A rugged, whitewater river flowing northward through deep canyons, the New River is among the oldest rivers on the continent. New River Gorge National River in West Virginia encompasses over 70,000 acres of land along the New River, is rich in cultural and natural history, and offers an abundance of scenic and recreational opportunities.
Big Southern Butte is one of two domes rising from a sea of basalt near the center of the eastern Snake River Plain in Idaho. The butte is one of the largest volcanic domes in the world, but at 300,000 years old it is also one of the youngest. Hikers who trek to the 7,550-foot high summit are rewarded with spectacular panoramic views. Photo by Devin Englestead, BLM Upper Snake Wildlife Biologist.
First light at Bosque del Apache National Wildlife Refuge in New Mexico. Established in November 22, 1939, the refuge has provided a critical stopover and wintering spot for thousands of sandhill cranes, geese and other waterfowl for 75 years. Bosque del Apache's sandhill crane population has multiplied from 18 birds in the 1840s to more than 20,000 birds today. Photo by Kim Hang Dessoliers (www.sharetheexperience.org).
It remains my hope that the Congress acts swiftly to reopen the Government. In the meantime, I wanted to provide a few updates and, most importantly, thank you for your ongoing commitment to public service and to the national parks.
For those who are on unplanned furlough, I want you to know that you are missed. I know many of you are spending time with your family, continuing to give back to your community through a variety of local volunteer efforts, and taking care of household business. I am sure that all of you are frustrated and would like to return to work, and it is my hope that the shutdown will end soon so we can all return to doing the jobs we love.
For those of you who are at work keeping the parks and the public safe, I want to thank you for your service and professionalism in this challenging time. Because of the lapse in funding, you are having to deliver difficult news to our visitors and partners. The functions we must perform under a shutdown are not the reasons any of us joined the National Park Service, but they are the duties we are required to perform by law and regulation. In this time, we must remain focused on our mission – first and foremost – of guarding public safety and protecting the resources with which we are entrusted. I am proud of the service you are continuing to perform, from the search and rescue operation at Craters of the Moon to the U.S. Park Police's response to the tragic incident near the Capitol last week.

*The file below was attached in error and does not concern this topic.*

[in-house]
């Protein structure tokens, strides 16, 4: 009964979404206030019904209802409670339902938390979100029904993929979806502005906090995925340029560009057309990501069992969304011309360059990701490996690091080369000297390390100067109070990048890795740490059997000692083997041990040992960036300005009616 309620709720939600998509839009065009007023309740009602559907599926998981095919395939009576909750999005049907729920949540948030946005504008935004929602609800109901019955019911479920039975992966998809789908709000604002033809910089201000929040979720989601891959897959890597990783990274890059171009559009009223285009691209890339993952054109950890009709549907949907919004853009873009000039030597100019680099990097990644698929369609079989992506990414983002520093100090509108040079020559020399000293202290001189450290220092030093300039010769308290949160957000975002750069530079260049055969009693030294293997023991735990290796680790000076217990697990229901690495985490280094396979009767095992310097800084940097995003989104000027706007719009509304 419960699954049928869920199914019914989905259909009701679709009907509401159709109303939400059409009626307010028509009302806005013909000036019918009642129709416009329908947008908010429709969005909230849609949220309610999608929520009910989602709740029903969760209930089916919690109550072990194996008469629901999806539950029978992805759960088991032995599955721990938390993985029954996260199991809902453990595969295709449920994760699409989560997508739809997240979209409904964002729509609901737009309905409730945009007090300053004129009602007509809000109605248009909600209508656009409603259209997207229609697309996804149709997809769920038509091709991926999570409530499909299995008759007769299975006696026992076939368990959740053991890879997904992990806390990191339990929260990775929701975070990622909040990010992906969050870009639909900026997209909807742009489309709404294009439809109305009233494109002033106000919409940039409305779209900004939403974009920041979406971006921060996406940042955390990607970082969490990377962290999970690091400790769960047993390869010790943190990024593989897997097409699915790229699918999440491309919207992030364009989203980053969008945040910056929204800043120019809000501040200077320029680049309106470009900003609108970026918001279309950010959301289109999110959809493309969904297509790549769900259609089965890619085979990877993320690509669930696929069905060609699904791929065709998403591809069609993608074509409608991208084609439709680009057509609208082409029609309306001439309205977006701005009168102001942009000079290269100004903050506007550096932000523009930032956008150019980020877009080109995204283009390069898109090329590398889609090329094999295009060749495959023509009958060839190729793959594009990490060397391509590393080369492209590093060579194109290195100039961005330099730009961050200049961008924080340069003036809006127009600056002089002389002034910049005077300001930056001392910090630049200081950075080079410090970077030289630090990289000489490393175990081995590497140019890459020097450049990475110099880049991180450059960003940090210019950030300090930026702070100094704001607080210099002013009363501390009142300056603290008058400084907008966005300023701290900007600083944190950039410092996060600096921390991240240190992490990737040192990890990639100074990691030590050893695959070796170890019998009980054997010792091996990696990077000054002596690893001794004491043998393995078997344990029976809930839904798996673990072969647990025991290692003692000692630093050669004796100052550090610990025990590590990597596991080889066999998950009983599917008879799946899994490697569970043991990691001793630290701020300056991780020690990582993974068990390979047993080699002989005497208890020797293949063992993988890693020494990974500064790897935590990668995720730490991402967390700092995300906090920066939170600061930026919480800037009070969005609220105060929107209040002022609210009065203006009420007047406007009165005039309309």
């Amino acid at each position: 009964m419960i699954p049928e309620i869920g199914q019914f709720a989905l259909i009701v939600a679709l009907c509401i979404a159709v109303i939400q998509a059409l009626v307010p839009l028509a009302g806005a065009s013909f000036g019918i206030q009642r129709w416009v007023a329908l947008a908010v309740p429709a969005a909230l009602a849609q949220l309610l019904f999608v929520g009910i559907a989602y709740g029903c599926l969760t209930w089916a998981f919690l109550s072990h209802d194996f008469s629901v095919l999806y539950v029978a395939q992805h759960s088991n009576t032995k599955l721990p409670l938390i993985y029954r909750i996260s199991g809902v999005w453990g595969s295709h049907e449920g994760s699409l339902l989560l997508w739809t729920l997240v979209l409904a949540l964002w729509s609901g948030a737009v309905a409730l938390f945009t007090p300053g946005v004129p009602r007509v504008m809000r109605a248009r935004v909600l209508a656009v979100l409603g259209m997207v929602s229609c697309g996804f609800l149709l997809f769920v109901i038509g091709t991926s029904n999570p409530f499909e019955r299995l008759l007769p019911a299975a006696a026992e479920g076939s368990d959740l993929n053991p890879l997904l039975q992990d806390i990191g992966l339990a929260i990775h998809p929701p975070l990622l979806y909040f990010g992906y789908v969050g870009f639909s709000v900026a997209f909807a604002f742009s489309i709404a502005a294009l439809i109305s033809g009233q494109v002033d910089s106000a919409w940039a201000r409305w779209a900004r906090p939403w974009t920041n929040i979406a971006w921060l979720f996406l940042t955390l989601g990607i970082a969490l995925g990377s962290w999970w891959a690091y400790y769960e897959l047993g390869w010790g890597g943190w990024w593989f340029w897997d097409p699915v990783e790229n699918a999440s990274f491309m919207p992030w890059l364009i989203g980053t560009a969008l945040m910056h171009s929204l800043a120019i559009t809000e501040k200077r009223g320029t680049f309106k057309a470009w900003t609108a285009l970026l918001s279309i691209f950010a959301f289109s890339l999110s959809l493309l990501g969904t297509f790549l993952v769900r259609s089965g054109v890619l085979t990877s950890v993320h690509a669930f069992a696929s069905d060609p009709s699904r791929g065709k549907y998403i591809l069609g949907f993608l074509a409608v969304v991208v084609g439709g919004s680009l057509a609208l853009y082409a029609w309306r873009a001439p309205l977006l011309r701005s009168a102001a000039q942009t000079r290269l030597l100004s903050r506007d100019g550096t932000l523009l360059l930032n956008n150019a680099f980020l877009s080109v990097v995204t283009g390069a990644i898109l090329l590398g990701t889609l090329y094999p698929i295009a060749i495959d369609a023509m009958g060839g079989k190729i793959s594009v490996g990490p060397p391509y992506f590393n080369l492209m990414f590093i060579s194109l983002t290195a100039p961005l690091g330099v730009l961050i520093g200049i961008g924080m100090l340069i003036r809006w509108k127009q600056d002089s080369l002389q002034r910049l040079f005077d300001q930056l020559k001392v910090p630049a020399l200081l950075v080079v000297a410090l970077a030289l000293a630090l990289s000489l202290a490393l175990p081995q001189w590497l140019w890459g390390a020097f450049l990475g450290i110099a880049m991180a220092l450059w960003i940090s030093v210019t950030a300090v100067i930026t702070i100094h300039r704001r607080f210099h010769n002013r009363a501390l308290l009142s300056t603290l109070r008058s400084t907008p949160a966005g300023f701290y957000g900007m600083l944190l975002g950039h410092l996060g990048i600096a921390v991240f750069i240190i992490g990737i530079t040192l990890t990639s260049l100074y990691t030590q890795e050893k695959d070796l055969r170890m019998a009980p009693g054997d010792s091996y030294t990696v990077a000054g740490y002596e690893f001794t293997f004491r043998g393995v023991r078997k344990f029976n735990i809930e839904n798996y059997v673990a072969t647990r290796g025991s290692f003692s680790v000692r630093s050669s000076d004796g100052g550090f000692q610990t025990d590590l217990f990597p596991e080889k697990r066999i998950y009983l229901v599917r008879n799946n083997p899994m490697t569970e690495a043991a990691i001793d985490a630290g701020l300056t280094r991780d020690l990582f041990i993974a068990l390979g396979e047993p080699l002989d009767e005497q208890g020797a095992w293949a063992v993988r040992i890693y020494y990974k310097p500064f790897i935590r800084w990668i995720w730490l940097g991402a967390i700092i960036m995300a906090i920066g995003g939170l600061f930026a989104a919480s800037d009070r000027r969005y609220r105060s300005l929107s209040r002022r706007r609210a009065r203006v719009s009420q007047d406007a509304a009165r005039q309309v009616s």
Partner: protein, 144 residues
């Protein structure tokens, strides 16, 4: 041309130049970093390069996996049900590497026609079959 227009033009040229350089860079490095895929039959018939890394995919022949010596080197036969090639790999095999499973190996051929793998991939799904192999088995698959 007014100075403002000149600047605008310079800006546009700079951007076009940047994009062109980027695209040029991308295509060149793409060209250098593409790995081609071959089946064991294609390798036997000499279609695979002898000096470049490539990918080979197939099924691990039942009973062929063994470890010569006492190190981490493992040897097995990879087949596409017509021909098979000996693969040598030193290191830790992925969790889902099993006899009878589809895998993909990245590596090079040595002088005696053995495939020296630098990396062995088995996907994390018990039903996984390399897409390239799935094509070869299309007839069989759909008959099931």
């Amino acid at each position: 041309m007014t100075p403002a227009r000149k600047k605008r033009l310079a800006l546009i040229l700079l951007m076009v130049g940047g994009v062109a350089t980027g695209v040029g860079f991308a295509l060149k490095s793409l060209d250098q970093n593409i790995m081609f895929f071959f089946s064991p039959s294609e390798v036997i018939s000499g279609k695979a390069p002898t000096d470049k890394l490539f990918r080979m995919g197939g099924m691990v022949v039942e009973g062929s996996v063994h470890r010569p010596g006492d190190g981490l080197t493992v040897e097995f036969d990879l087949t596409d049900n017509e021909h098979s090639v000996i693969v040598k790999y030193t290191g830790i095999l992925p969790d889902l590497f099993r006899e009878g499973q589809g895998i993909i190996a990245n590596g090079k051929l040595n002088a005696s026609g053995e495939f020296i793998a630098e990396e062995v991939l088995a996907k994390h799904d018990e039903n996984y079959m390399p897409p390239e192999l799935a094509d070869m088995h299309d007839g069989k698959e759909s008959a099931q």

The National Park System is supported and loved by the American public not only because national parks are beautiful and historic, but because they are well managed, protected, interpreted, and maintained by a professional workforce. With more than 20,000 workers on furlough during this lapse in appropriations, we must continue to devote our limited resources to the protection of life and property.
Without question, we all want to see the entire national parks and public lands system re-open to the public; we know the closures are having unfortunate impacts on countless families, businesses, and communities. Turning visitors away is simply not in our DNA.
As Ken Burns said, the National Park Service is an utterly democratic idea: for the first time in human history, land was set aside not for kings or the very rich, but for everybody. The National Park System strives to tell the story of all Americans, for all Americans. I know we all look forward to re-opening all 401 national parks so they may fulfill the purposes for which they were intended – to be enjoyed and loved by the American people.
Amid the difficulties that the ongoing shutdown poses on you and your families, I am deeply heartened by your continued commitment to public service and by the passion that the entire National Park Service family has for our mission, now approaching its 100th anniversary in 2016.
Please stay strong, safe, and continue to do your nation proud.